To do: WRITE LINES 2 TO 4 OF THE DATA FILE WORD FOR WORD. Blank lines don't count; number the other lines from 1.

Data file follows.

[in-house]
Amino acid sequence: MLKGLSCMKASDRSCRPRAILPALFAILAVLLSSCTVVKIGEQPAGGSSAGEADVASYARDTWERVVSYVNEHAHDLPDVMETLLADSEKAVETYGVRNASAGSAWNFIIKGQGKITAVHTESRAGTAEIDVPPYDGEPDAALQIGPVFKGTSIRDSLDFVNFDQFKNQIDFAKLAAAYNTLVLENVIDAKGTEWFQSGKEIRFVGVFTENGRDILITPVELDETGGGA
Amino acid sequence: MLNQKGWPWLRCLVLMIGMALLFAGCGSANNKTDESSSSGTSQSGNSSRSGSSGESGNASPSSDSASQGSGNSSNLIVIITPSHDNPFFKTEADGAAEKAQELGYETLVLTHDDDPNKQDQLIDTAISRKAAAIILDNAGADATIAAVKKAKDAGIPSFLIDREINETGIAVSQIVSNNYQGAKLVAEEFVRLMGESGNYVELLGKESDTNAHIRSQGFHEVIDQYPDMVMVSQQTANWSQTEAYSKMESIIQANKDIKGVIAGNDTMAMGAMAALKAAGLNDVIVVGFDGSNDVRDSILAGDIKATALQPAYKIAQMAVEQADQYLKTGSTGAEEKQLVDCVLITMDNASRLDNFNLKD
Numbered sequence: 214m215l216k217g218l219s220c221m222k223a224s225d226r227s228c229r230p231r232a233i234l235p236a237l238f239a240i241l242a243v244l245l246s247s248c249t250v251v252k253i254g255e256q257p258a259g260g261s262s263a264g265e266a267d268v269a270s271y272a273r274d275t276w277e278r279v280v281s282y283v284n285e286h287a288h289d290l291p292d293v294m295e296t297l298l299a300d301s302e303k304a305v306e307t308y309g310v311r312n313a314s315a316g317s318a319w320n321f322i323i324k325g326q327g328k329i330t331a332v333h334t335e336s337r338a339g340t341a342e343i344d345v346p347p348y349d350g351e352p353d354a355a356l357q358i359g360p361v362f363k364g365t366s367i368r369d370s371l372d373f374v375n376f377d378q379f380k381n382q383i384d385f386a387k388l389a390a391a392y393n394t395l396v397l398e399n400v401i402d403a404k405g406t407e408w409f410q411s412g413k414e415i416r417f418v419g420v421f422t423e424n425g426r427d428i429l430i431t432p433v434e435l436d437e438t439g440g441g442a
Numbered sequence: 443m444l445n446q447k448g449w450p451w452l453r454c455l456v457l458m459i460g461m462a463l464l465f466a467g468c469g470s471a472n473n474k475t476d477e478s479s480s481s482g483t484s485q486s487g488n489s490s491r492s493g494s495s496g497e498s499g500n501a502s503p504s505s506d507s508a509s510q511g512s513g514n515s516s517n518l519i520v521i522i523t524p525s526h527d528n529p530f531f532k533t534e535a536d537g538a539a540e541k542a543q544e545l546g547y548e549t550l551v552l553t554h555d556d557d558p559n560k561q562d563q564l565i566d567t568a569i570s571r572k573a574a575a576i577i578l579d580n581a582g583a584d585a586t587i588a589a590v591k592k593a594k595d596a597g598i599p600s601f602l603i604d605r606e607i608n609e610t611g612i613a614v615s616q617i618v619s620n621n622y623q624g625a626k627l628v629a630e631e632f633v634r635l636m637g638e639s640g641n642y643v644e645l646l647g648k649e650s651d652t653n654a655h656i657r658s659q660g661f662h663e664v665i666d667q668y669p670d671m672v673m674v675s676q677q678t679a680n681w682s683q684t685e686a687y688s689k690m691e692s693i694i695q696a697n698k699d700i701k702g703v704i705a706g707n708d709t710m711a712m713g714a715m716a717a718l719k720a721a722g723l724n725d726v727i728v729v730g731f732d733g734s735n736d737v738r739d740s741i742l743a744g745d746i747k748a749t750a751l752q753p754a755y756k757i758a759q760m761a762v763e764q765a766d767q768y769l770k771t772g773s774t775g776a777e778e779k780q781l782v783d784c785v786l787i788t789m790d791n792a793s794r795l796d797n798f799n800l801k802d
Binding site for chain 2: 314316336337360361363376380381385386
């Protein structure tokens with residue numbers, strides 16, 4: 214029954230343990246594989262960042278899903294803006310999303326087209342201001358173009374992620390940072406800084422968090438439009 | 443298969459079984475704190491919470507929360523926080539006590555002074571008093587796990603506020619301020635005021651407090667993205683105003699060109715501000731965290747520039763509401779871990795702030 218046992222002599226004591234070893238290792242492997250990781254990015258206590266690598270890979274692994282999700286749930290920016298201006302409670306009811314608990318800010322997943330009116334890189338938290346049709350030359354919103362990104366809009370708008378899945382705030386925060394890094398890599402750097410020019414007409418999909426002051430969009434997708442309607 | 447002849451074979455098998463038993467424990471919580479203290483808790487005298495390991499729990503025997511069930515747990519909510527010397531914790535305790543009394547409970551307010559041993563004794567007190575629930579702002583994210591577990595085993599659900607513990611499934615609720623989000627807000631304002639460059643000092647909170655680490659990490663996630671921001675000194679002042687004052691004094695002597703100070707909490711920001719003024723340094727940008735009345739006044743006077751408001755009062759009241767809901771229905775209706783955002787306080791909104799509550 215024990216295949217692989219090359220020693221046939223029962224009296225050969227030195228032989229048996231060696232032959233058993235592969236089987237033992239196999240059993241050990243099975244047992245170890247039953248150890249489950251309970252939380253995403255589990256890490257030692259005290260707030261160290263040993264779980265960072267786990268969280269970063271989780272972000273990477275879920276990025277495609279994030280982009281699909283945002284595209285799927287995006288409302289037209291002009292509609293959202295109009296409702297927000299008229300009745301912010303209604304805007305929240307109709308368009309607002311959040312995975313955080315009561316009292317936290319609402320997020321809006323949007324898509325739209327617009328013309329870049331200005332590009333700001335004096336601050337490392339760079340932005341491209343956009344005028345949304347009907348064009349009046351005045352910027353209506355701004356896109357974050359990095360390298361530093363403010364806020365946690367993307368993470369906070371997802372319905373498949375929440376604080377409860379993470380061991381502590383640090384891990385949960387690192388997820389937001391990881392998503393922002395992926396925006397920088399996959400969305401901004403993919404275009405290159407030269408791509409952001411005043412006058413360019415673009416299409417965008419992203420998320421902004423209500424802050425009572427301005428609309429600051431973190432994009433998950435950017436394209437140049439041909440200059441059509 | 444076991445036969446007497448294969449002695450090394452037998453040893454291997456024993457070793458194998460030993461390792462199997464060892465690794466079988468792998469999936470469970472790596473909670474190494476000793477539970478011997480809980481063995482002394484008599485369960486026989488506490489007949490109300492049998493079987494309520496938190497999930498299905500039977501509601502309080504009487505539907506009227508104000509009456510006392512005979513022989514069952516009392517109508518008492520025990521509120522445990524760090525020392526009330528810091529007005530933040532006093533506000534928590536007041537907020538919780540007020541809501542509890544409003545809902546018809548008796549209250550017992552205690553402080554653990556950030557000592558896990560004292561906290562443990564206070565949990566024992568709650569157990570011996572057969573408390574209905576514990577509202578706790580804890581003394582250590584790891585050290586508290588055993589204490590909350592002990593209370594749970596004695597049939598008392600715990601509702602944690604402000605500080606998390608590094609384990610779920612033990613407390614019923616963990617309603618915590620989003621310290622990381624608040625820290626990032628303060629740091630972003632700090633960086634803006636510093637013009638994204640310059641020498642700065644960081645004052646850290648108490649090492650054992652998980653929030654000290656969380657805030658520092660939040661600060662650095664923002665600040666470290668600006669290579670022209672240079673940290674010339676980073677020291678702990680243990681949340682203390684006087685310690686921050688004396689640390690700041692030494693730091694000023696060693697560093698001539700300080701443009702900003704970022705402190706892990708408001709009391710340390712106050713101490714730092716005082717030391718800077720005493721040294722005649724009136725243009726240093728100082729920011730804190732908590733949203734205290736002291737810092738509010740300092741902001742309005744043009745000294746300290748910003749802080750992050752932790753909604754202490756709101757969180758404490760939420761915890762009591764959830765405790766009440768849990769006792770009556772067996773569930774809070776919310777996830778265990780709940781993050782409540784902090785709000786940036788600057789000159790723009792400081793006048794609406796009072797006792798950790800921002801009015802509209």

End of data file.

Amino acid sequence: MLKGLSCMKASDRSCRPRAILPALFAILAVLLSSCTVVKIGEQPAGGSSAGEADVASYARDTWERVVSYVNEHAHDLPDVMETLLADSEKAVETYGVRNASAGSAWNFIIKGQGKITAVHTESRAGTAEIDVPPYDGEPDAALQIGPVFKGTSIRDSLDFVNFDQFKNQIDFAKLAAAYNTLVLENVIDAKGTEWFQSGKEIRFVGVFTENGRDILITPVELDETGGGA
Amino acid sequence: MLNQKGWPWLRCLVLMIGMALLFAGCGSANNKTDESSSSGTSQSGNSSRSGSSGESGNASPSSDSASQGSGNSSNLIVIITPSHDNPFFKTEADGAAEKAQELGYETLVLTHDDDPNKQDQLIDTAISRKAAAIILDNAGADATIAAVKKAKDAGIPSFLIDREINETGIAVSQIVSNNYQGAKLVAEEFVRLMGESGNYVELLGKESDTNAHIRSQGFHEVIDQYPDMVMVSQQTANWSQTEAYSKMESIIQANKDIKGVIAGNDTMAMGAMAALKAAGLNDVIVVGFDGSNDVRDSILAGDIKATALQPAYKIAQMAVEQADQYLKTGSTGAEEKQLVDCVLITMDNASRLDNFNLKD
Numbered sequence: 214m215l216k217g218l219s220c221m222k223a224s225d226r227s228c229r230p231r232a233i234l235p236a237l238f239a240i241l242a243v244l245l246s247s248c249t250v251v252k253i254g255e256q257p258a259g260g261s262s263a264g265e266a267d268v269a270s271y272a273r274d275t276w277e278r279v280v281s282y283v284n285e286h287a288h289d290l291p292d293v294m295e296t297l298l299a300d301s302e303k304a305v306e307t308y309g310v311r312n313a314s315a316g317s318a319w320n321f322i323i324k325g326q327g328k329i330t331a332v333h334t335e336s337r338a339g340t341a342e343i344d345v346p347p348y349d350g351e352p353d354a355a356l357q358i359g360p361v362f363k364g365t366s367i368r369d370s371l372d373f374v375n376f377d378q379f380k381n382q383i384d385f386a387k388l389a390a391a392y393n394t395l396v397l398e399n400v401i402d403a404k405g406t407e408w409f410q411s412g413k414e415i416r417f418v419g420v421f422t423e424n425g426r427d428i429l430i431t432p433v434e435l436d437e438t439g440g441g442a